Freeze drying, also known as lyophilisation or cryodesiccation, is a low temperature dehydration process that involves freezing the product, lowering pressure, then removing the ice by sublimation. This is in contrast to dehydration by most conventional methods that evaporate water using heat.
Freeze drying results in a high quality product because of the low temperature used in processing. The original shape of the product is maintained and quality of the rehydrated product is excellent. Primary applications of freeze drying include biological (e.g., bacteria and yeasts), biomedical (e.g., surgical transplants), food processing (e.g., coffee) and preservation.
There are four stages in the complete freeze drying process: pretreatment, freezing, primary drying, and secondary drying.
Pretreatment includes any method of treating the product prior to freezing. This may include concentrating the product, formulation revision (i.e., addition of components to increase stability, preserve appearance, and/or improve processing), decreasing a high-vapor-pressure solvent, or increasing the surface area. Food pieces are often IQF treated to make them free flowing prior to freeze drying. In many instances the decision to pretreat a product is based on theoretical knowledge of freeze-drying and its requirements, or is demanded by cycle time or product quality considerations.
During the freezing stage, the material is cooled below its triple point, the lowest temperature at which the solid, liquid and gas phases of the material can coexist. This ensures that sublimation rather than melting will occur in the following steps. To facilitate faster and more efficient freeze drying, larger ice crystals are preferable. The large ice crystals form a network within the product which promotes faster removal of water vapor during sublimation. To produce larger crystals, the product should be frozen slowly or can be cycled up and down in temperature in a process called annealing. The freezing phase is the most critical in the whole freeze-drying process, as the freezing method can impact the speed of reconstitution, duration of freeze-drying cycle, product stability, and appropriate crystallization.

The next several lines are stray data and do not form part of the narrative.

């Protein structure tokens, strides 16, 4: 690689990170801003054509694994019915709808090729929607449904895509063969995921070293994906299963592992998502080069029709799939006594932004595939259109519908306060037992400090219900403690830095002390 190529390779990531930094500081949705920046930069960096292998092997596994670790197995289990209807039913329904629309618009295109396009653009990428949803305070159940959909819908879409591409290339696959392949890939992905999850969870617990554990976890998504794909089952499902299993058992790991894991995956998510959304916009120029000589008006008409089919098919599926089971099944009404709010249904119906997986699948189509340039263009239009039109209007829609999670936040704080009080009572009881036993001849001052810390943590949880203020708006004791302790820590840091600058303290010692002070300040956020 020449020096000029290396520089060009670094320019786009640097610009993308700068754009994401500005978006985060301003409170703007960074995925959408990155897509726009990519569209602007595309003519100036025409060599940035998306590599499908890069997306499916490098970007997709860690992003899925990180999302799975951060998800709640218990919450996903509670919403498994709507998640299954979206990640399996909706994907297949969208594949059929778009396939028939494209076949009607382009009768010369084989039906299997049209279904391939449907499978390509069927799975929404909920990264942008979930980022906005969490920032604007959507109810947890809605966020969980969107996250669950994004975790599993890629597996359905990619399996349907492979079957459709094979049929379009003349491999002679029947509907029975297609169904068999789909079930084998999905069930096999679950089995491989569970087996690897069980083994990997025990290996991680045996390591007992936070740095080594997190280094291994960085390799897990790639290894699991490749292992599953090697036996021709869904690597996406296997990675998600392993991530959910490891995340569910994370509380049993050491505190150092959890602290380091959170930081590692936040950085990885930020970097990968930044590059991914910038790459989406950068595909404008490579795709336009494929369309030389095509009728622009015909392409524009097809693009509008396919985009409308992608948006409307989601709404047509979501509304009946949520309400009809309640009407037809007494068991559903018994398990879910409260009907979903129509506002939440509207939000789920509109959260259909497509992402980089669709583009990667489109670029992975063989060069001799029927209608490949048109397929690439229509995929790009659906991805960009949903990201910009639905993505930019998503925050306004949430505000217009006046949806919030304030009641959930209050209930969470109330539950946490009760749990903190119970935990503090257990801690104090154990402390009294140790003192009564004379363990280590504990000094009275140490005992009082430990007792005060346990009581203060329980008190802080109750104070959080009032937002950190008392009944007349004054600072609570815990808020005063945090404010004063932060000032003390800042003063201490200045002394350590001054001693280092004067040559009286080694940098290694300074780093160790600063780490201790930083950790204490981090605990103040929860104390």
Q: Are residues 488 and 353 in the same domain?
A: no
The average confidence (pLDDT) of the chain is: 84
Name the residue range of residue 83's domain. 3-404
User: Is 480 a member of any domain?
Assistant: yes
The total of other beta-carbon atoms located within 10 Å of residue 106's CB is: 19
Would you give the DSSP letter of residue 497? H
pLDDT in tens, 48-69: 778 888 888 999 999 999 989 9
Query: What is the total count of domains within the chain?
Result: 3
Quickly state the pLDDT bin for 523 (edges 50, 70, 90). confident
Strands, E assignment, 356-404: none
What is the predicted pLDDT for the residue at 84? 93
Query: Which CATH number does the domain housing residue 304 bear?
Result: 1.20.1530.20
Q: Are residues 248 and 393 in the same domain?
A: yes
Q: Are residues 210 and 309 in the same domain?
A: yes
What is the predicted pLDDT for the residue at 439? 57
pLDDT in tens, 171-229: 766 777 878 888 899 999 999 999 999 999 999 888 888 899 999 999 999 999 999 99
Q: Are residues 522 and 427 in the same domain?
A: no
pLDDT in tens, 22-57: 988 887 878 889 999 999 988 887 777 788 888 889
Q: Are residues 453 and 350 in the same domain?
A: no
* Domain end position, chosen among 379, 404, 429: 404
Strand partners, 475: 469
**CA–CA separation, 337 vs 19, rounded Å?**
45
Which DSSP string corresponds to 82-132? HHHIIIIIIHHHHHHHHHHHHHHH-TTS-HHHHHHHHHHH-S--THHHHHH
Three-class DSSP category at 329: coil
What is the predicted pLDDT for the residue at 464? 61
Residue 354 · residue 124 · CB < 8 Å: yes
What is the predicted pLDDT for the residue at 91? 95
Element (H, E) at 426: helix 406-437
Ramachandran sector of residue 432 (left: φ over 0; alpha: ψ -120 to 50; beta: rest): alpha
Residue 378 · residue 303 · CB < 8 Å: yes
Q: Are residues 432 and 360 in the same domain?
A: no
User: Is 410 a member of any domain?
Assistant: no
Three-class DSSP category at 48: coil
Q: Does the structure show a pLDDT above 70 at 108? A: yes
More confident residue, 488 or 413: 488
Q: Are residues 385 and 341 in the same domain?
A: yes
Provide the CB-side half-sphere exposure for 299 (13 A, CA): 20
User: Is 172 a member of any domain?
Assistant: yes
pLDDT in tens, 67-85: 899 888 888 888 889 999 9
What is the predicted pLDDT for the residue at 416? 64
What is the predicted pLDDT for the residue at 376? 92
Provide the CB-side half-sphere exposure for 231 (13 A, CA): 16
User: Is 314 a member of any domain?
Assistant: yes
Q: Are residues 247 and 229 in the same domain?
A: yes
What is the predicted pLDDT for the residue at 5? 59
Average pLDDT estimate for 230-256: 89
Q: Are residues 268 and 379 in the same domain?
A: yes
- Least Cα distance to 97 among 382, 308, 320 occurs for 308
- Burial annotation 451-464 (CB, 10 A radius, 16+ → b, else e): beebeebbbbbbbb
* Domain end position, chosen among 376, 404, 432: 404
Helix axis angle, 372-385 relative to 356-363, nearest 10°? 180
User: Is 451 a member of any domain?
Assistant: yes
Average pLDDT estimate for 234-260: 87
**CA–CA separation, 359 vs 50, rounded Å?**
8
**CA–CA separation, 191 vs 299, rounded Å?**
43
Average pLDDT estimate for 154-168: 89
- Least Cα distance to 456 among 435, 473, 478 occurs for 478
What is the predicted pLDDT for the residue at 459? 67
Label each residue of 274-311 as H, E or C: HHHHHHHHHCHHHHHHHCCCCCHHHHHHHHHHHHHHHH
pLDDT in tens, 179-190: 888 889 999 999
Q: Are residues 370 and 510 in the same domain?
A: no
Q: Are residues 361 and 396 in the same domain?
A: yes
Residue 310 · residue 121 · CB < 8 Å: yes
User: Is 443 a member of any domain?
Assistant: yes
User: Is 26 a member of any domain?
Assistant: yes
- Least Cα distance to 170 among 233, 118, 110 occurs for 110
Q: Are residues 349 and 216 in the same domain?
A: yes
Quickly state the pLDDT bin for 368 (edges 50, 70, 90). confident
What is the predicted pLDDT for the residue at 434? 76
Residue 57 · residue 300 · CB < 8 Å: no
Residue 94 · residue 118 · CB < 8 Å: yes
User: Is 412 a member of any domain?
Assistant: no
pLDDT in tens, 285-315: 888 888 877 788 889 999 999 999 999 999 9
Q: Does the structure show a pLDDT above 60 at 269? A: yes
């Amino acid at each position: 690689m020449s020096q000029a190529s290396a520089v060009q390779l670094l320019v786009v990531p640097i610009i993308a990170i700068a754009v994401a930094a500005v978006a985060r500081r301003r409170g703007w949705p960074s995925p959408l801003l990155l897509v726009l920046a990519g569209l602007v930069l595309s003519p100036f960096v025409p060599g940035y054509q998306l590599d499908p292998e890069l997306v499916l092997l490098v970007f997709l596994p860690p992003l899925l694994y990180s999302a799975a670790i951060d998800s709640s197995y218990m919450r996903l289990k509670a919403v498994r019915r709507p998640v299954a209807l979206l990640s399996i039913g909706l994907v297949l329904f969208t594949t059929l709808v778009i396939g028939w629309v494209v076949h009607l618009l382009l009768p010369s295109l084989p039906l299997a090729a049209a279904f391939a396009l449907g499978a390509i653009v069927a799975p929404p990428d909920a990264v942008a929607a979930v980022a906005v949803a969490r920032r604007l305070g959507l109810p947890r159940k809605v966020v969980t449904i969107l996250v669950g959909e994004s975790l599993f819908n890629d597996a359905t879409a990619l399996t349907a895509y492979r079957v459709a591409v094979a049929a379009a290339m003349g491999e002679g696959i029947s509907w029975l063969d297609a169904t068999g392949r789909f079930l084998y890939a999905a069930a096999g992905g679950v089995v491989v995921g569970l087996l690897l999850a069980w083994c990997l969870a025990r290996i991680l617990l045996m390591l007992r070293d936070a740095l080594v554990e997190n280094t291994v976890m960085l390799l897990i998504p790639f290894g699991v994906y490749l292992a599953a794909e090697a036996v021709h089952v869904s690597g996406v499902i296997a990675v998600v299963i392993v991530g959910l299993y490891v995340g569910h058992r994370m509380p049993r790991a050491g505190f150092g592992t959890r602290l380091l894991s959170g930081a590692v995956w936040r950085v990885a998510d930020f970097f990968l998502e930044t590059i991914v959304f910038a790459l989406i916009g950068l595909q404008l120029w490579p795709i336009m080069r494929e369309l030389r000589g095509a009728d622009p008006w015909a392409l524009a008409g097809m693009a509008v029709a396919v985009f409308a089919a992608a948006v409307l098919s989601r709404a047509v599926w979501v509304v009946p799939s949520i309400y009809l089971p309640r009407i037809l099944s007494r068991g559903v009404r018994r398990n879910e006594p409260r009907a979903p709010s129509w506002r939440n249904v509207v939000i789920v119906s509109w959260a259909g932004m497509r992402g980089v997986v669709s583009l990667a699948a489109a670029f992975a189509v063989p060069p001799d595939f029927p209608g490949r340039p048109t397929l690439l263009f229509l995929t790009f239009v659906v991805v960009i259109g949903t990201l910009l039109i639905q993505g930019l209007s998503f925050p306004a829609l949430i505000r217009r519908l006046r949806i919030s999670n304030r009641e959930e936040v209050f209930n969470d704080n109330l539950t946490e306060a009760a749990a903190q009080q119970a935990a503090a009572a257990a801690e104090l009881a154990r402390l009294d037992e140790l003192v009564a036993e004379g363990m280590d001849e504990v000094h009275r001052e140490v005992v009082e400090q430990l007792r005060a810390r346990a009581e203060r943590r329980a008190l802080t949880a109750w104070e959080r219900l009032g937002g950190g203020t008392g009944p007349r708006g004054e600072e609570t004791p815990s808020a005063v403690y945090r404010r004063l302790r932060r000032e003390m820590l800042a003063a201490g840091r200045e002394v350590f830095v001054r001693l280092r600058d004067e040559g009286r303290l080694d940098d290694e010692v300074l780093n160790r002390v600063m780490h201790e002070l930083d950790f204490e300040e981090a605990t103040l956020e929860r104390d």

During the primary drying phase, the pressure is lowered (to the range of a few millibars), and enough heat is supplied to the material for the ice to sublime. The amount of heat necessary can be calculated using the sublimating molecules' latent heat of sublimation. In this initial drying phase, about 95% of the water in the material is sublimated. This phase may be slow (can be several days in the industry), because, if too much heat is added, the material's structure could be altered.
In this phase, pressure is controlled through the application of partial vacuum. The vacuum speeds up the sublimation, making it useful as a deliberate drying process. Furthermore, a cold condenser chamber and/or condenser plates provide a surface(s) for the water vapour to re-liquify and solidify on. It is important to note that, in this range of pressure, the heat is brought mainly by conduction or radiation; the convection effect is negligible, due to the low air density.
The secondary drying phase aims to remove unfrozen water molecules, since the ice was removed in the primary drying phase. This part of the freeze-drying process is governed by the material's adsorption isotherms. In this phase, the temperature is raised higher than in the primary drying phase, and can even be above 0 °C (32 °F), to break any physico-chemical interactions that have formed between the water molecules and the frozen material. Usually the pressure is also lowered in this stage to encourage desorption (typically in the range of microbars, or fractions of a pascal). However, there are products that benefit from increased pressure as well. After the freeze-drying process is complete, the vacuum is usually broken with an inert gas, such as nitrogen, before the material is sealed. At the end of the operation, the final residual water content in the product is extremely low, around 1% to 4%.
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